Learning Discoveries Psychological Services
Rosemary Boon
Registered Psychologist
M.A.(Psych), Grad. Dip. Ed. Studies (Sch.Counsel), Grad. Dip. Ed., B.Sc., MAPS

Telephone:
Sydney (+61 2) 9637 9998
Facsimile:
Sydney (+61 2) 9637 8799

Email:
ldps@bigpond.net.au

Address:
P.O. Box 47
Harris Park NSW 2150
Australia



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Introduction / The Miraculous Human Brain / Traumatic Brain Injury / Types of Injury / Mild Brain Injury /
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Brain Injury - Rosemary Boon and Gregory J. de Montfort 2002

The human brain is the most precious commodity a person has. It commands every facet of bodily function, and its very manner of functioning controls our thoughts, dreams, emotions and feelings, as well as our behaviour and perceptions of the world about us. It is a truly remarkable organ. But it is also subject to many disorders, as well as being vulnerable to dysfunction through direct and indirect injury. "Injury" may occur through a number of means - as a result of genetics, the birthing process, exposure to neurotoxic chemicals - including medications, anoxia (lack of oxygen to the brain), or even a simple knock to the head.

In fact, a hit to the head during a sporting event may be worse than you think. New studies scrutinised the issue on a scientific level and found that 'bumps' to the head can create changes in mental function. Most recently, studies reveal specific insights into how knocks to the head can have serious, sometimes lasting, effects on brain function.

Another study that measured electrical activity in the brains of athletes with concussions also found that injuries of this type are tied to attention deficits. It is generally accepted that attention is not a unitary cognitive process but rather, comprises a variety of different components (Cohen, 1993). Deficits in sustained (vigilance), selective (focussed attention and divided attention) and phasic alertness (easily distracted by external stimuli) are common in a person who has experienced brain injury.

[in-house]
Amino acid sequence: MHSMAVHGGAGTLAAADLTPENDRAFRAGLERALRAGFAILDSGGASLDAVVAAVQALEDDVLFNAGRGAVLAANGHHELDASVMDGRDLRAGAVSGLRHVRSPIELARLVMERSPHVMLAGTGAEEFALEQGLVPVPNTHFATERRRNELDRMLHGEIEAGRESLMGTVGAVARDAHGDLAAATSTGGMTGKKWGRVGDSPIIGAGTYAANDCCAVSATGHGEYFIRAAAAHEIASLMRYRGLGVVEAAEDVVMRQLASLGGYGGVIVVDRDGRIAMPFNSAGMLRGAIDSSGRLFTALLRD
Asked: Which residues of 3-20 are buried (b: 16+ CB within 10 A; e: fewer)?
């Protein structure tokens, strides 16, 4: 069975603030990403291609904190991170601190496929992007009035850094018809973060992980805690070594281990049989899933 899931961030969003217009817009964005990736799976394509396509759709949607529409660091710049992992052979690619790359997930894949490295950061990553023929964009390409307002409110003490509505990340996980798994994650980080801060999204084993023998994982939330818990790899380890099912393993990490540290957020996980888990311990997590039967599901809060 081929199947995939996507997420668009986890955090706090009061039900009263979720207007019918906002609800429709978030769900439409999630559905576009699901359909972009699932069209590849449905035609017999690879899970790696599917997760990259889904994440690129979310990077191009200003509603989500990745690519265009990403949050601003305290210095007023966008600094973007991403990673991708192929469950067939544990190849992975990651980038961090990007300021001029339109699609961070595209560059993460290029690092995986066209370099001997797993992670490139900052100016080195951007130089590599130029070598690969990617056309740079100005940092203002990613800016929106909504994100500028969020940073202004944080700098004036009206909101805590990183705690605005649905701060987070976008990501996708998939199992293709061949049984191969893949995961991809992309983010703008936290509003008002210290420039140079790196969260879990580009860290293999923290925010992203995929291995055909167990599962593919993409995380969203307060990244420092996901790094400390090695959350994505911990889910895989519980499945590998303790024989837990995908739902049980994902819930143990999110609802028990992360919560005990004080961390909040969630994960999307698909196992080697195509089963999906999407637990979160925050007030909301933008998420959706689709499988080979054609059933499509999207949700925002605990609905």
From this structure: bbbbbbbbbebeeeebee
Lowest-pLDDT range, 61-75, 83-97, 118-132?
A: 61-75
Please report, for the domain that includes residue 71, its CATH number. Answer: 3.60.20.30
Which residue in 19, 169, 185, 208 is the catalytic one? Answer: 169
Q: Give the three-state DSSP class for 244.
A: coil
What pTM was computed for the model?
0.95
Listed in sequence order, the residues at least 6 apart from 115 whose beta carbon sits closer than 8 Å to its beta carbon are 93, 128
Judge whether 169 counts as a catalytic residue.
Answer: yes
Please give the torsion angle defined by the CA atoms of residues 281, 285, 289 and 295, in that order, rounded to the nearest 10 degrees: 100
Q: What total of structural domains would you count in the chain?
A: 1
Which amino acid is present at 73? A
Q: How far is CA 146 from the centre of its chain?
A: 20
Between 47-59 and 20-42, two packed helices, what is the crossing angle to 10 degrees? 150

Of concern in 2002, are amusement park rides, particularly those that subject the participant to substantial gravitational forces (G-forces), such as roller coasters and bunjee jumping. In today's competitive market place many companies are competing for superlatives in height and speed, subjecting riders to powerful G-forces, not to mention twists, jerks and yaws. The G-forces generated by some of these rides exceeds those that fighter pilots and the astronauts of the space shuttle are exposed to (and they have 'G-suits' and are trained to peak physical condition to withstand them!). Most people riding these amusements will undertake several rides per day and the most vulnerable group is the 10-14 year olds. Whilst the brain is protected within the casing of the skull, it is potentially vulnerable to the sudden application of these extraordinary forces, risking subdural haemorrhage and neuronal shearing. The American Association of Neurological Surgeons (funded by an American amusement park giant) and the Brain Injury Association of America (funded by an organisation of doctors, lawyers and people with brain injuries) are currently undertaking separate studies to determine whether a causal relationship exists between brain dysfunction/injury and G-forces. (Dana Foundation, The Brain In The News, 2002)